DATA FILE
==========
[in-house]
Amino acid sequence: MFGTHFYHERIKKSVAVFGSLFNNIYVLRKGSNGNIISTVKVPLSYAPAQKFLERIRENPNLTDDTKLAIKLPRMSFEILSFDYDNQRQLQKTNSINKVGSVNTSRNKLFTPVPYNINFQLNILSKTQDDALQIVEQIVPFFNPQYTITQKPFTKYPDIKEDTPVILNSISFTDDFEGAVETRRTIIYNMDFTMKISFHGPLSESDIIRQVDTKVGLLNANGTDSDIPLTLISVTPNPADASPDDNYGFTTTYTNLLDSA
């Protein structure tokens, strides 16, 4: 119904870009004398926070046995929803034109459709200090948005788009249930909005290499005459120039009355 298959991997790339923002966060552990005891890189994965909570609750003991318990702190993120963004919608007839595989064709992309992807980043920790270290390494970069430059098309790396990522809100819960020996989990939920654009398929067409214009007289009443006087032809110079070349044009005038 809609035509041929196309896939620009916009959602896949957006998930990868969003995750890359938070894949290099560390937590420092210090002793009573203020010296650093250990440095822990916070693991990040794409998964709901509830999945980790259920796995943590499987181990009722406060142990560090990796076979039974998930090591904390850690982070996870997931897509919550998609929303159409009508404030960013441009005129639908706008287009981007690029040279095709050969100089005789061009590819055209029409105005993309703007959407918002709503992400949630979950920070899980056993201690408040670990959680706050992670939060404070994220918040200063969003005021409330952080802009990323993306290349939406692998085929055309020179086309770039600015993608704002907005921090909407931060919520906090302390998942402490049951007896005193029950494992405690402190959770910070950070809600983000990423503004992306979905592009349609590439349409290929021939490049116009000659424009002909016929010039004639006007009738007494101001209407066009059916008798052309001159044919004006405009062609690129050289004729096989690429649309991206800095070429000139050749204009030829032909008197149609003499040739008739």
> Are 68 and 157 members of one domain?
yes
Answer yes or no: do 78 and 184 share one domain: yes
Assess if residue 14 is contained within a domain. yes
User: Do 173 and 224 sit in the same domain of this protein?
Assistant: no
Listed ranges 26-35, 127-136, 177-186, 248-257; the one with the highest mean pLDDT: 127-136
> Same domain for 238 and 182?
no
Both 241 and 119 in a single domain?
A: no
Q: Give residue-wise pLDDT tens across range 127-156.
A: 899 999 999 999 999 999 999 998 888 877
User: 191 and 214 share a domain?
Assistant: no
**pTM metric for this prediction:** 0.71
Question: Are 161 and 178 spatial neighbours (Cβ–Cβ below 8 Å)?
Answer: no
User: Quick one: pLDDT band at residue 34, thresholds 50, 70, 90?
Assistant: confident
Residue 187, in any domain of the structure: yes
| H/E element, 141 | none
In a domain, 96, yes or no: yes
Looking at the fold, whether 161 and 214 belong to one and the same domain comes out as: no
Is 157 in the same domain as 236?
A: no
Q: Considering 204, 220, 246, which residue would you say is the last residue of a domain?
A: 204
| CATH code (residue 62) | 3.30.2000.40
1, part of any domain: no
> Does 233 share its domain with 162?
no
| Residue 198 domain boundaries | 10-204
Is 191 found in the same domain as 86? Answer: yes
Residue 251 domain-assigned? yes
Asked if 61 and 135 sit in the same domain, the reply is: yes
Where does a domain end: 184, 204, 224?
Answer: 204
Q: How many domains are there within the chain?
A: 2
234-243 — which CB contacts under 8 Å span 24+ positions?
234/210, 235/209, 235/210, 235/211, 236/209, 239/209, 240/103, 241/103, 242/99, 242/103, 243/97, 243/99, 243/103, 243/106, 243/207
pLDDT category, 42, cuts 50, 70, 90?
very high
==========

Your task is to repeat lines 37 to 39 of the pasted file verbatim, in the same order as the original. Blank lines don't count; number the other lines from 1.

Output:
Is 191 found in the same domain as 86? Answer: yes
Residue 251 domain-assigned? yes
Asked if 61 and 135 sit in the same domain, the reply is: yes